Wednesday, October 10th, 2012
Written by Tim Hansen
The Jerome Foundation’s Jerome Fund for New Music – the JFund – has been instrumental in launching the careers of emerging composers for thirty years, and no wonder: it’s no trivial amount of money. Composers are eligible for up to $7,000 worth of funding, with an additional $1,500 to cover associated costs, which by any struggling artist’s standards would be an immense professional boost. So how did New York-based Ruben Naeff feel when he learned he’d been awarded a JFund grant last year?
Naeff’s succinct answer is reflective of the Dutch-born composer’s simple, definite aesthetic goal: to write beautiful music for the present day. While other composers may describe their music in lofty academic jargon or compose based upon esoteric music theories, Naeff prefers to keep his music accessible to wider audiences who are occupied with everyday concerns, a choice made during his early days as a composition student in the Netherlands.
“A lot of the music that I heard puzzled me,” he says. “I felt that the composers were making many thoughtful statements, but I had no idea what they were talking about. I did not recognize my daily life in it, nor any big theme that nowadays occupies our minds.”
Naeff has run with this idea admirably, having composed pieces on popular preoccupation with concepts ranging from the Mayan “prediction” of the imminent apocalypse due later this year, to an opera concerning our lives on Facebook. But the piece he composed with the support of the JFund is based on something much more domestic: walking and thinking.
Or, more accurately, wandering and wondering, from which the title of the piece, Wander & Wonder, comes. “It refers to something I usually only do during vacation: wandering around in a neighborhood and start wondering about all things in life,” explains Naeff. However like most things in life, the superficial simplicity of the piece belies a larger complexity.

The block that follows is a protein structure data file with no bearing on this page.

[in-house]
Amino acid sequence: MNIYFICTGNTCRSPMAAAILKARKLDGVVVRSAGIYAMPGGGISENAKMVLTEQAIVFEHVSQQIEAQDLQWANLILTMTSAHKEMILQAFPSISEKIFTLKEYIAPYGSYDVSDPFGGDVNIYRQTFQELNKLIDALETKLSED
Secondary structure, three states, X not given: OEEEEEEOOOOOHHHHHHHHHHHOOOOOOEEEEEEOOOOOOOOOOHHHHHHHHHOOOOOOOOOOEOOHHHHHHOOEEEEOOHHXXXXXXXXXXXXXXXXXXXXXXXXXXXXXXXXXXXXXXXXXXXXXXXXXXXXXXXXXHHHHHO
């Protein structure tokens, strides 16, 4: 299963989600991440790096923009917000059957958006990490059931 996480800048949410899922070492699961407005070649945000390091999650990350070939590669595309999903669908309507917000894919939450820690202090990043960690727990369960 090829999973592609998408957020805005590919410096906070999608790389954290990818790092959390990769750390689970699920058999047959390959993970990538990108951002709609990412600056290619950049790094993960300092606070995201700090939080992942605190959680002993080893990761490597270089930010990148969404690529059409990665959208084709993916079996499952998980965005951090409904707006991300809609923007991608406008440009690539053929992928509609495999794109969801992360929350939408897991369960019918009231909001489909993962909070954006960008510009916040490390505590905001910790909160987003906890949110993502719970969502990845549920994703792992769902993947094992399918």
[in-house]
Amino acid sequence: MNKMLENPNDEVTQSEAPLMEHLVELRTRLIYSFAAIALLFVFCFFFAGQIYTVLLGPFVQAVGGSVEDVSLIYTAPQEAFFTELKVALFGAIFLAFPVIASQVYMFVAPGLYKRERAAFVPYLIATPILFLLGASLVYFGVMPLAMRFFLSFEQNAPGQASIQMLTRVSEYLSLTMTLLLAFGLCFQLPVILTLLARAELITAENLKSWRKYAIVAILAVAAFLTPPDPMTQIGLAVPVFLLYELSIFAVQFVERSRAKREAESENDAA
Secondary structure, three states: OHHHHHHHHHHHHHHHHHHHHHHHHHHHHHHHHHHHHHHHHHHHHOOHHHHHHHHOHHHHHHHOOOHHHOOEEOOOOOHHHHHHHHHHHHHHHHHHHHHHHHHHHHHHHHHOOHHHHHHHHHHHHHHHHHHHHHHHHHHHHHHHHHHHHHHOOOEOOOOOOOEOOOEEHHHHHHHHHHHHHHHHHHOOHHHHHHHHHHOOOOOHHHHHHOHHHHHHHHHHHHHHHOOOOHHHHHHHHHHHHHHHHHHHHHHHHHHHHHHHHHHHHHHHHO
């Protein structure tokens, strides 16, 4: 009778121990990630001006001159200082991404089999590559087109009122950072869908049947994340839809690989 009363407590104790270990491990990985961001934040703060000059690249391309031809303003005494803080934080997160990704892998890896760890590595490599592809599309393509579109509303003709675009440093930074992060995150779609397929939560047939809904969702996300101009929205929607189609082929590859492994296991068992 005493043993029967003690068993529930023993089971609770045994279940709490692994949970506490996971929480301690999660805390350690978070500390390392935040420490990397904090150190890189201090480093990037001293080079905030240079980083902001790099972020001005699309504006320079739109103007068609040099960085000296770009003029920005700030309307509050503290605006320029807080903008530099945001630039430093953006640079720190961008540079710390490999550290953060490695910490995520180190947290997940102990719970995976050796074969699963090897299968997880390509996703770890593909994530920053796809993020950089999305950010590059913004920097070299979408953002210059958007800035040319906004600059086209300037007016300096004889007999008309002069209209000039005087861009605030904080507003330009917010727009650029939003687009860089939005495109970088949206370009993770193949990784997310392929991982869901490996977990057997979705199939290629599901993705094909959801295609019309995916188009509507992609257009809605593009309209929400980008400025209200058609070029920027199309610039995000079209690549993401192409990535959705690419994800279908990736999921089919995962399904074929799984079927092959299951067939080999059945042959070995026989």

“Wander & Wonder is the centerpiece of a trilogy I wrote in the same period. It started with Headspring that I wrote for the Cadillac Moon Ensemble, which is about the origin of an idea, and Bash that I wrote for the NYU Contemporary Music Ensemble, which is all about clashing ideas. So the trilogy tells about the birth, wandering and clashing of a single idea. Therefore, the trilogy has a sort of philosophical subject, while the centerpiece is about [something as mundane] as wandering on holidays.”
Naeff’s refreshingly unpretentious attitude towards music is, perhaps, augmented when one considers that the ensemble he composed Wander & Wonder for is the rising star duo “Vigil,” comprising percussionist Bill Solomon and flautist Kelli Kathman – the latter of whom happens to be married to Naeff. One might think that being married to your collaborator would be significantly different from collaborating with a stranger, but for Naeff at least, the only big difference was “how to thank the ensemble after the premiere on stage: hugging as normal, or a kiss on the mouth?”
Naeff’s partner Kathman however, sees things differently. “It makes for a pretty amazing collaboration when you have that level of trust and familiarity with a composer. I never have to worry about how my suggestions come across, never have to worry about overstepping my boundaries because I know exactly where those boundaries lie.”
Another benefit to being married to your collaborator might be a strong understanding of where the piece is coming from, which can be of great benefit to a performer trying to get inside a never-before-played piece of music. “Ruben’s music really sounds so much like his personality – fun, playful, and incredibly clever,” Kathman enthuses, “and because his music reflects his personality so well, I feel I understand what he’s trying to convey so much better than when I’m learning a piece by a composer I don’t know so well.”
Almost a year after successfully applying for a JFund grant, Naeff says Wander & Wonder has been played a number of times in both New York and Connecticut, and has also been recorded in a studio by Vigil, which he agrees has been a definite boost to his emerging career. “It’s too early to fully see the full impact of the grant,” says Naeff, “but I can already see a few positive things. The JFund is a great sign of recognition for young composers; that could even turn out to be the most valuable thing. I don’t know, time will tell.”